A man’s reproductive health may not only reflect his chance to become a father, but may also be related to his general health.1 In recent years, male childlessness and infertility have been reported to be associated with an increased risk of all-cause mortality and cardiovascular disease.2–5 Male infertility has also been associated with a higher risk of metabolic disorders.3 6 7 Metabolic syndrome (MetS) and type 2 diabetes are metabolic disorders, with increasing prevalence worldwide.8 9 MetS is a syndrome consisting of a cluster of markers, including visceral obesity, hypertension and hyperglycaemia.8 Importantly, the syndrome may help to identify individuals at future risk of type 2 diabetes and cardiovascular disease.10–12
Cross-sectional studies have demonstrated an association between factors related to male reproductive health (eg, hypogonadism, reduced semen quality and erectile dysfunction) and MetS, as well as type 2 diabetes,13–18 but whether poor reproductive health precedes MetS and diabetes or vice versa is uncertain due to the cross-sectional design of these studies. Two recent prospective studies found increased risk of developing diabetes among infertile men.3 7 Authors of these prospective studies did not suggest a causal relationship for the association, but rather common aetiologies of infertility and diabetes such as shared genetics and factors related to endocrine regulation, lifestyle or in-utero exposures. However, these prospective studies failed to adjust for body mass index (BMI), physical activity level and other lifestyle factors considered as common risk factors for type 2 diabetes and poor male reproductive health.11 19 Also, as type 2 diabetes can remain asymptomatic and undiagnosed for years, the measure of outcome of both prospective studies have a central limitation in common; dependence on health-seeking behaviour of the study participants.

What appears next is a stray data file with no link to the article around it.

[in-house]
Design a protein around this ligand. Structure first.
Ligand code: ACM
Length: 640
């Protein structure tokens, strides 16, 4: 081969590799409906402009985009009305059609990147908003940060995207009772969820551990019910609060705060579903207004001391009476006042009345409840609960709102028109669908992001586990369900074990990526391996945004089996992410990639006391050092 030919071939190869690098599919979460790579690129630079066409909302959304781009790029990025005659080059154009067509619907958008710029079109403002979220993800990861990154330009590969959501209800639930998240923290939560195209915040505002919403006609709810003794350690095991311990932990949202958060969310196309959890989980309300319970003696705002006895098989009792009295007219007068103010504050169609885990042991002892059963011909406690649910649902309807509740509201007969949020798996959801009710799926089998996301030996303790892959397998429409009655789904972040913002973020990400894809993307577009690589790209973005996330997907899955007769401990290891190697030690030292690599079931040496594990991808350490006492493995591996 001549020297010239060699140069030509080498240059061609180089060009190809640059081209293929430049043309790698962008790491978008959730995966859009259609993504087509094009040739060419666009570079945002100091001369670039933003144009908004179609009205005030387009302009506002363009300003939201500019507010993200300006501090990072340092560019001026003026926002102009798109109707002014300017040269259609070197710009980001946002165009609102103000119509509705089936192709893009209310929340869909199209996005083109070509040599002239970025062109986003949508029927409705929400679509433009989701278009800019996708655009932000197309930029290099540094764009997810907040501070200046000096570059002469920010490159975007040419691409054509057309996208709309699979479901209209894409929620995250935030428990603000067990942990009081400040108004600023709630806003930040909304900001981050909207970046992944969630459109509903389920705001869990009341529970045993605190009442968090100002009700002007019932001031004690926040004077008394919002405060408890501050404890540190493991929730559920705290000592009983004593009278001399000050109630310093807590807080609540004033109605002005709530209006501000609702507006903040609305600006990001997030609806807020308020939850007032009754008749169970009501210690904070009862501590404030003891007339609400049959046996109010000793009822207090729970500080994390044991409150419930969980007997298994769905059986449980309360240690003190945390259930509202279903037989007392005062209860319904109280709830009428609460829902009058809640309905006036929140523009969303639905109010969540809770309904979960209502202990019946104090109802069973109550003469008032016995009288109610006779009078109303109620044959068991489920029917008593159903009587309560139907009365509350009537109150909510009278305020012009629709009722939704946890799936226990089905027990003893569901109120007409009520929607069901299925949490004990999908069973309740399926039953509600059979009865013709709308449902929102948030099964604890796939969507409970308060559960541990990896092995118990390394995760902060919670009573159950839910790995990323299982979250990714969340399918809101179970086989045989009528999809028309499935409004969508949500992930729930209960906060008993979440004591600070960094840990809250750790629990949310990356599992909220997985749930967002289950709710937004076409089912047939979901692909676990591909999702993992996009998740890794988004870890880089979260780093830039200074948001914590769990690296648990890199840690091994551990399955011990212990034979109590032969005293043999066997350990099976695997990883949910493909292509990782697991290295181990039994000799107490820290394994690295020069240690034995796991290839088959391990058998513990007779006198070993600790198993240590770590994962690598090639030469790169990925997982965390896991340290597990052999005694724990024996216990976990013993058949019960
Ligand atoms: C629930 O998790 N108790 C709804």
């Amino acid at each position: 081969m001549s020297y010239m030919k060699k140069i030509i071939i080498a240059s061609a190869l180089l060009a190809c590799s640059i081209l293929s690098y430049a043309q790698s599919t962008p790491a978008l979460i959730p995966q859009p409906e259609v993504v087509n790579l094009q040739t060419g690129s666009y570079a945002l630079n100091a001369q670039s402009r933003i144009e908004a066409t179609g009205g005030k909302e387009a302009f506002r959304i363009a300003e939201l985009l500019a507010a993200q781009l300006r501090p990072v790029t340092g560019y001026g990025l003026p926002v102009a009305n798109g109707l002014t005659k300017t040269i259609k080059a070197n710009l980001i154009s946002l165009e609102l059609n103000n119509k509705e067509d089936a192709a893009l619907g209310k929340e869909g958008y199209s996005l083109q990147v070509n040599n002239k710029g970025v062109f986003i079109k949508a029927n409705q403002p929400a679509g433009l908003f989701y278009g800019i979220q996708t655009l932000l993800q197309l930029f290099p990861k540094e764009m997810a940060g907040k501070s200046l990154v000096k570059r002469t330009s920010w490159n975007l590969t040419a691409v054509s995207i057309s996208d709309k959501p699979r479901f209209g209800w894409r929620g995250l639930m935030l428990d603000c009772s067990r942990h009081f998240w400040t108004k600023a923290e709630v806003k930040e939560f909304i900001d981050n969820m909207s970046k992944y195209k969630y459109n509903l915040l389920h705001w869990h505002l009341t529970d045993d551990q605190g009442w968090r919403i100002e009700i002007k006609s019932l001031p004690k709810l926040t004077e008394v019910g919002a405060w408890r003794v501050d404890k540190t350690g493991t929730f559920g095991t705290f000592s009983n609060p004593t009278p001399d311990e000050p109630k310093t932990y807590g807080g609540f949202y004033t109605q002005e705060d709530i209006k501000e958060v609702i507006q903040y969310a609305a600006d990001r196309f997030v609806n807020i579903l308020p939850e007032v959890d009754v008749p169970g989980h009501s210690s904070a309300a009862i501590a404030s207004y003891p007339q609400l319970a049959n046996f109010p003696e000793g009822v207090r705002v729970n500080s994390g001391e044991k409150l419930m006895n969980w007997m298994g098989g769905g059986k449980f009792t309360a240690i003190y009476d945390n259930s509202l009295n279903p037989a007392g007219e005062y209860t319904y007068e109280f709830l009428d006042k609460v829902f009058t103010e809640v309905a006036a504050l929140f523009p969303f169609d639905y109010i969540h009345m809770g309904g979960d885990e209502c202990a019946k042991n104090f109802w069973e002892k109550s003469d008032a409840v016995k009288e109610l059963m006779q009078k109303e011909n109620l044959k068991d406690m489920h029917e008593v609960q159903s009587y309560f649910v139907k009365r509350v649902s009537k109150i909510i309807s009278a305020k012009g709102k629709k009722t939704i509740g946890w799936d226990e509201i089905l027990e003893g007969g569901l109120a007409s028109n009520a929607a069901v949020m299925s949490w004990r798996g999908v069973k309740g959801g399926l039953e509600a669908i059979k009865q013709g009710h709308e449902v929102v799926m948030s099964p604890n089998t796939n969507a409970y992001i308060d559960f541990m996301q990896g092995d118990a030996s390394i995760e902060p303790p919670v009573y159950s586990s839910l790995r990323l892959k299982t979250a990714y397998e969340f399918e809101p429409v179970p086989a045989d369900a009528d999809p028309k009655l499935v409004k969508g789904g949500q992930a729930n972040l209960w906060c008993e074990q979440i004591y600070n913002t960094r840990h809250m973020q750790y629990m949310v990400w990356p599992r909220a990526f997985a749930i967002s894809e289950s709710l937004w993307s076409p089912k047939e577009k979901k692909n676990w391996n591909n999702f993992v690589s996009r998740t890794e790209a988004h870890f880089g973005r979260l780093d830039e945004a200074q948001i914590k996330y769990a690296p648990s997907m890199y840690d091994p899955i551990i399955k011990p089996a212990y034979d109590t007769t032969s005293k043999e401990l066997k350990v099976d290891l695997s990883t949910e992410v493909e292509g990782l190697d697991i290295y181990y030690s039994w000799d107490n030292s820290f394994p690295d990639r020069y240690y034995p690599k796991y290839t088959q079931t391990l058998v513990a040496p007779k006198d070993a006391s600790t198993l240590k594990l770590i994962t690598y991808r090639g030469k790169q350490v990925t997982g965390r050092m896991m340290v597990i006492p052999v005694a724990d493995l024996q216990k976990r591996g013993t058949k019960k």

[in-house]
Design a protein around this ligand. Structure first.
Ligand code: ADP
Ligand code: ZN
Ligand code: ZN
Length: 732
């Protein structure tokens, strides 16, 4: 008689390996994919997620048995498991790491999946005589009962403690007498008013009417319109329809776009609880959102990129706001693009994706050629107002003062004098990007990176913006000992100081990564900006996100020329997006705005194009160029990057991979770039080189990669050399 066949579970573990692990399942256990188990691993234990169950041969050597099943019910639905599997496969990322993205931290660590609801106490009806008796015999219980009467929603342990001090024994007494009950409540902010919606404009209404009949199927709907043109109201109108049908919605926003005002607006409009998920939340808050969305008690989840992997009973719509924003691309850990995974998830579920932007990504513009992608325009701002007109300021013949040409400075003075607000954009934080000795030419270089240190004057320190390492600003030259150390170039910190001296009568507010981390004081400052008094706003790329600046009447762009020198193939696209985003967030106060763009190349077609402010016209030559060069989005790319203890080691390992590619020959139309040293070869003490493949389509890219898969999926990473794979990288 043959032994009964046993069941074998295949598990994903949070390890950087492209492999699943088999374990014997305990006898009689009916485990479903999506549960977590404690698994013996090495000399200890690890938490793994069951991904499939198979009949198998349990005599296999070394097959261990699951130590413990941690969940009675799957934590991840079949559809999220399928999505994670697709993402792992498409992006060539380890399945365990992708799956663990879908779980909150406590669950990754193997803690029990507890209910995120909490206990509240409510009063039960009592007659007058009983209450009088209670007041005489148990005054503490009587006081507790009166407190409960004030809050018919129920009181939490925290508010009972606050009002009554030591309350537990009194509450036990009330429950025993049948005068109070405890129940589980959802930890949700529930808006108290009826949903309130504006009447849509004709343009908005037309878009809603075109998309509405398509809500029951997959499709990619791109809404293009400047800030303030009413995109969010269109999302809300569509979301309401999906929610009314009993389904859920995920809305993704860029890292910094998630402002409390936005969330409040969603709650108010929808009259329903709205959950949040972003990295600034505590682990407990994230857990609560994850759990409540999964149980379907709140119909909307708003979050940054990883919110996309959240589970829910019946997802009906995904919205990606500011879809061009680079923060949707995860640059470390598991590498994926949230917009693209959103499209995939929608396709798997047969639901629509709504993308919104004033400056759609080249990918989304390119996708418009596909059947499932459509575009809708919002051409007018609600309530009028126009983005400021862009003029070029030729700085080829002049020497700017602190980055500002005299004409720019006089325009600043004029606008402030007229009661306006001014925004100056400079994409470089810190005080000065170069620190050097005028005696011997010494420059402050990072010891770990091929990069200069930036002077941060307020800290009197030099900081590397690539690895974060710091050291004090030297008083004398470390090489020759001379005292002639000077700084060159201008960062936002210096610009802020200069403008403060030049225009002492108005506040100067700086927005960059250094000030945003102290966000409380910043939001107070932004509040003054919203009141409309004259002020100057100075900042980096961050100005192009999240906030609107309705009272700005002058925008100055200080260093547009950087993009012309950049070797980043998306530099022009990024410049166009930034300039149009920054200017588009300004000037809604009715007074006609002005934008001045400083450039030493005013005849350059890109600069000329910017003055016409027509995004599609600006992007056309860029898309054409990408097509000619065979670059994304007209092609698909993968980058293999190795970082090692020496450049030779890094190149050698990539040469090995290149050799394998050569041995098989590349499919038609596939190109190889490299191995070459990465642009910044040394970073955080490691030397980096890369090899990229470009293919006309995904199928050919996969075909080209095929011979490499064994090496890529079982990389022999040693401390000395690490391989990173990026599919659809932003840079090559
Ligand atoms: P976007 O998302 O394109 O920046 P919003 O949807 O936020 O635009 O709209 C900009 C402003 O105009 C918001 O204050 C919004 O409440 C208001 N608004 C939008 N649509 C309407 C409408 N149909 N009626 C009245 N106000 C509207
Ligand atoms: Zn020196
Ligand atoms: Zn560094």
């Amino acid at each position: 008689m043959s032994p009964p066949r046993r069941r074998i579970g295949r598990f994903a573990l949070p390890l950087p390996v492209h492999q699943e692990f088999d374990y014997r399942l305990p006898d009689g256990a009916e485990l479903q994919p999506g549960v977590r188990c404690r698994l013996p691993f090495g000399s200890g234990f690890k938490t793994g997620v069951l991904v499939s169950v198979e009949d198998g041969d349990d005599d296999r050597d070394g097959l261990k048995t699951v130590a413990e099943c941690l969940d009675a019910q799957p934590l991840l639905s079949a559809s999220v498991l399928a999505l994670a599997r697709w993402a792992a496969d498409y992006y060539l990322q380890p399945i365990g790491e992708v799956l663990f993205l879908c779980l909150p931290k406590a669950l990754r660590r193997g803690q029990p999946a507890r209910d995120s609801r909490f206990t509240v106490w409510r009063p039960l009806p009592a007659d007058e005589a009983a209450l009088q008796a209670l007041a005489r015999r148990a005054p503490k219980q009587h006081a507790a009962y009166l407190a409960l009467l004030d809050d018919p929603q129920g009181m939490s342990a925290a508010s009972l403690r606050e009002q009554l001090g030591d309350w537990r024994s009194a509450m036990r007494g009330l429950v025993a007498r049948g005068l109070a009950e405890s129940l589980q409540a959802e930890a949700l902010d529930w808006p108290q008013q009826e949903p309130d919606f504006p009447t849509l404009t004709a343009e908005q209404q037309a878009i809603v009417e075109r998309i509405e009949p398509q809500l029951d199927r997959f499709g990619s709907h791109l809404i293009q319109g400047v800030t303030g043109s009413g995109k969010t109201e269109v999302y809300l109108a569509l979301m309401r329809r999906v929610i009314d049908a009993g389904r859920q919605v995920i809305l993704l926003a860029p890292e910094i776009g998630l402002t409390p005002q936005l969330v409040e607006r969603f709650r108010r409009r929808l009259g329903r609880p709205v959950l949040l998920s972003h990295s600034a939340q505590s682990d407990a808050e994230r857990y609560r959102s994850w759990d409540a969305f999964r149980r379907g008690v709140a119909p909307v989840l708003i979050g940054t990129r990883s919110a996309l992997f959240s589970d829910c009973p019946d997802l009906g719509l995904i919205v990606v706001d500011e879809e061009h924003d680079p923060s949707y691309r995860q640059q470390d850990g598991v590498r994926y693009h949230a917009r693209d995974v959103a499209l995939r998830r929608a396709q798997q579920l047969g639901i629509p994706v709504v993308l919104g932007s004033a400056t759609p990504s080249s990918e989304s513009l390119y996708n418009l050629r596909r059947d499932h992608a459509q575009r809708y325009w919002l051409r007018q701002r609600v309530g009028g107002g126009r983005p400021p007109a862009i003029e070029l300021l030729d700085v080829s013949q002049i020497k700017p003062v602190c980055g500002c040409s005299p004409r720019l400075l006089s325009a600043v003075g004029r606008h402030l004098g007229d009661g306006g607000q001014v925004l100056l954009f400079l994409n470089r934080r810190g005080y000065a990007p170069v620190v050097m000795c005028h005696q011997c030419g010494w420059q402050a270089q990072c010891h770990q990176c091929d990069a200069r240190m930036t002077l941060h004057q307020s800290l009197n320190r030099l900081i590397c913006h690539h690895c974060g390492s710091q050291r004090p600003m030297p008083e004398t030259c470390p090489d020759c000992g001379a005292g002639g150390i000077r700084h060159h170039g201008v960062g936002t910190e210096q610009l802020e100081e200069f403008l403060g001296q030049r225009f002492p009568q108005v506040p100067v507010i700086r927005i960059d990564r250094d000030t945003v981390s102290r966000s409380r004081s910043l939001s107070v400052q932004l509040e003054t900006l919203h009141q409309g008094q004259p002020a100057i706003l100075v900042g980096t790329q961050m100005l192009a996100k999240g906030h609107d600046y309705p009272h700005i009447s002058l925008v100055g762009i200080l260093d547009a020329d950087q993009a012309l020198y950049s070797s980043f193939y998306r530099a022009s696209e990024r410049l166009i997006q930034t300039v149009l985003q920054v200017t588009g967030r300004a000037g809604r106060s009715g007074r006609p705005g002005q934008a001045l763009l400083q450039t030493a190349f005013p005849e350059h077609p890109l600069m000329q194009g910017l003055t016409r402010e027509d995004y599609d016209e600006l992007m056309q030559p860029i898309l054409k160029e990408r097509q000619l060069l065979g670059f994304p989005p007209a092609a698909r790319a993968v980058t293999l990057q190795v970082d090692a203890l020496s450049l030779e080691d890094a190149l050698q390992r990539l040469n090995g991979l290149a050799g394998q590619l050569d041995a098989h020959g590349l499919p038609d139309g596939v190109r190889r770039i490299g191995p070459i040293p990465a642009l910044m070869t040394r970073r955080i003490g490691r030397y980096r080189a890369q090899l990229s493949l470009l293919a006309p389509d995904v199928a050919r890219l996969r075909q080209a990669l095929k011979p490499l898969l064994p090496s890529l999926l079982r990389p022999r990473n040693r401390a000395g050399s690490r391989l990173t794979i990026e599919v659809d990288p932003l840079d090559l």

Assessment of fertility status of a man is based on access to clinical and laboratory data, including semen analysis, which are difficult and costly to obtain in population-based studies. However, information regarding childlessness is more easily accessible and may be a feasible proxy for infertility. Therefore, using data from the Malmö Diet and Cancer Cardiovascular Cohort (MDC-CC), we aimed to examine whether male childlessness is associated with MetS and diabetes, while taking potential confounding lifestyle factors into account. We first examined the prevalence of MetS and diabetes in men with and without children, and next we assessed the incidence of diabetes during a mean follow-up of 18.3 years. Study participants were examined for diabetes both at baseline and follow-up clinical examination, limiting the influence of health-seeking behaviour and giving reliable estimates of diabetes prevalence and incidence among childless Swedish men.